By using AI to understand and highlight speech patterns, use of specific words in text communication and even facial expression, we could possibly improve the speed at which such cases are uncovered. For achieving this, it is important that doctors and machine learning experts work together to identify patterns that have a strong correlation with clinical depression.
A research led by Dr Fei-Fei Li of Stanford University found that using facial and speech recognition data and algorithmic models, it might be possible to detect cases where there is an onset of clinical depression. By leveraging a combination of facial expressions, voice intonation and spoken words, their research was able to diagnose if an individual was suffering from depression with 80% accuracy.
Facebook too has begun piloting its own machine learning algorithm to go through posts to identify linguistic red flags that are indicative of depression. In early testing, the algorithm was said to perform just as well as existing questionnaires that are used to identify depression.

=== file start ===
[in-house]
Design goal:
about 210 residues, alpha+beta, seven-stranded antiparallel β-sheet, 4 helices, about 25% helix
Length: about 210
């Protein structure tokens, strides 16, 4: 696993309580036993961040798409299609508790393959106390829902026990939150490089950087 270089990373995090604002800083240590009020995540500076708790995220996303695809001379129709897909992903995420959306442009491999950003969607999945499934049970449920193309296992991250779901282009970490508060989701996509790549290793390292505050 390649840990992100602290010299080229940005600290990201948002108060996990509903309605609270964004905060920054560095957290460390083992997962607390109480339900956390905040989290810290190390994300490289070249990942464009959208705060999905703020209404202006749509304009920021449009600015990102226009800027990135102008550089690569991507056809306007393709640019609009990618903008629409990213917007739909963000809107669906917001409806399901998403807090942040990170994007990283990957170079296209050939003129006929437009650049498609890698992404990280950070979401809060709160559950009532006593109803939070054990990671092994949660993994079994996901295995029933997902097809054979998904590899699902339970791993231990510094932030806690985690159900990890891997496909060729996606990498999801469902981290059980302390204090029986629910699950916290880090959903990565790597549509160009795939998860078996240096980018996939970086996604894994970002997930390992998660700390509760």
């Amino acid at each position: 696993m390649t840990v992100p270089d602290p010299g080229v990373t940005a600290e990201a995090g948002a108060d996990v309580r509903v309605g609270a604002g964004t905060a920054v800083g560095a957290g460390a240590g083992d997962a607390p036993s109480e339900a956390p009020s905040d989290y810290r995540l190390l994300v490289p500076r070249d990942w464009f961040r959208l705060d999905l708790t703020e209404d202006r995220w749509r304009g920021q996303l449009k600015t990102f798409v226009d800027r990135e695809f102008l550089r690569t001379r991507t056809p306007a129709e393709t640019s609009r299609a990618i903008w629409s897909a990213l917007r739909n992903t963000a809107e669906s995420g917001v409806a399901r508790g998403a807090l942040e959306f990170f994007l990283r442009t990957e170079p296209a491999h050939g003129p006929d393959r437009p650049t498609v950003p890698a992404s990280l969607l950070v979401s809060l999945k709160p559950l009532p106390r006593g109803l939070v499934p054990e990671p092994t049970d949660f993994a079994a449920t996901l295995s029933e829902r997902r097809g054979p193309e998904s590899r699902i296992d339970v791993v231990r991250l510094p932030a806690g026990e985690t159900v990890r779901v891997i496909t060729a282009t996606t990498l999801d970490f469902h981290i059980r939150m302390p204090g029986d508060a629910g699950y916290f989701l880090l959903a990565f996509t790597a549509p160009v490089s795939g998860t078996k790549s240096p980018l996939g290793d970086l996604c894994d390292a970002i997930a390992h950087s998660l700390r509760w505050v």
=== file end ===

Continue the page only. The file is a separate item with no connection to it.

Can AI inform therapists and help them do their job better? With the high and growing number of mental illnesses, the limited number of therapists need AI interventions to help make their job easier while helping improve health outcomes. AI could change the game in the therapy arena by augmenting therapists in identifying subtle signs showcased by patients – such as intonations in voice and facial expressions – which therapists might sometimes miss. Further, AI can also provide guided suggestions to them in providing effective treatment options.
An interesting innovation in this area comes from Ginger. This technology company combines a strong clinician network with machine learning to provide patients with the emotional support that they need at the right time – offering 24/7 availability for cognitive behaviour therapy (CBT), alongside mindfulness and resilience training.
On the back-end, AI is using each patient’s progress to inform its capabilities and make it smarter and more scalable. AI also helps Ginger match its users with a team of three emotional support coaches that it determines to be best suited for the individual.